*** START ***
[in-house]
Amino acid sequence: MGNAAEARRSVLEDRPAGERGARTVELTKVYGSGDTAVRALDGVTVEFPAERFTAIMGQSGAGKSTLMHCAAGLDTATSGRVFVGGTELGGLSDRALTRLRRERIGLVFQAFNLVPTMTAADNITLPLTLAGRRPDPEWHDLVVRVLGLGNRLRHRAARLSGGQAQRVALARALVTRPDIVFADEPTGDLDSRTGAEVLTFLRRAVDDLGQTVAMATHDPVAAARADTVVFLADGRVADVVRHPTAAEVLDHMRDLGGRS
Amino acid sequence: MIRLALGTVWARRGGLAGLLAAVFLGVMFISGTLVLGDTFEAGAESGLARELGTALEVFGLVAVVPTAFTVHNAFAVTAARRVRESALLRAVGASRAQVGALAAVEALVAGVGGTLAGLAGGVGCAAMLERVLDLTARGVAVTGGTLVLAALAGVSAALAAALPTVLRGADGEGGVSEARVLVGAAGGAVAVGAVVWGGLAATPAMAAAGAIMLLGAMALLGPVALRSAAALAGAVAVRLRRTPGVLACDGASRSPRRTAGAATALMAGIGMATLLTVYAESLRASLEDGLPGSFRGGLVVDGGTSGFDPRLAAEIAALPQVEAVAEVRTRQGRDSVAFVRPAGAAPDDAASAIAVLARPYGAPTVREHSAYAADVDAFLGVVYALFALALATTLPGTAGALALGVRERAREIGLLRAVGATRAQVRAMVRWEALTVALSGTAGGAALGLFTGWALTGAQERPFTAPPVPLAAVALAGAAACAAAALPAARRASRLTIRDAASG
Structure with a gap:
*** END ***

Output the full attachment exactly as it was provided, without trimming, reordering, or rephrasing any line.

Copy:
[in-house]
Amino acid sequence: MGNAAEARRSVLEDRPAGERGARTVELTKVYGSGDTAVRALDGVTVEFPAERFTAIMGQSGAGKSTLMHCAAGLDTATSGRVFVGGTELGGLSDRALTRLRRERIGLVFQAFNLVPTMTAADNITLPLTLAGRRPDPEWHDLVVRVLGLGNRLRHRAARLSGGQAQRVALARALVTRPDIVFADEPTGDLDSRTGAEVLTFLRRAVDDLGQTVAMATHDPVAAARADTVVFLADGRVADVVRHPTAAEVLDHMRDLGGRS
Amino acid sequence: MIRLALGTVWARRGGLAGLLAAVFLGVMFISGTLVLGDTFEAGAESGLARELGTALEVFGLVAVVPTAFTVHNAFAVTAARRVRESALLRAVGASRAQVGALAAVEALVAGVGGTLAGLAGGVGCAAMLERVLDLTARGVAVTGGTLVLAALAGVSAALAAALPTVLRGADGEGGVSEARVLVGAAGGAVAVGAVVWGGLAATPAMAAAGAIMLLGAMALLGPVALRSAAALAGAVAVRLRRTPGVLACDGASRSPRRTAGAATALMAGIGMATLLTVYAESLRASLEDGLPGSFRGGLVVDGGTSGFDPRLAAEIAALPQVEAVAEVRTRQGRDSVAFVRPAGAAPDDAASAIAVLARPYGAPTVREHSAYAADVDAFLGVVYALFALALATTLPGTAGALALGVRERAREIGLLRAVGATRAQVRAMVRWEALTVALSGTAGGAALGLFTGWALTGAQERPFTAPPVPLAAVALAGAAACAAAALPAARRASRLTIRDAASG
Structure with a gap: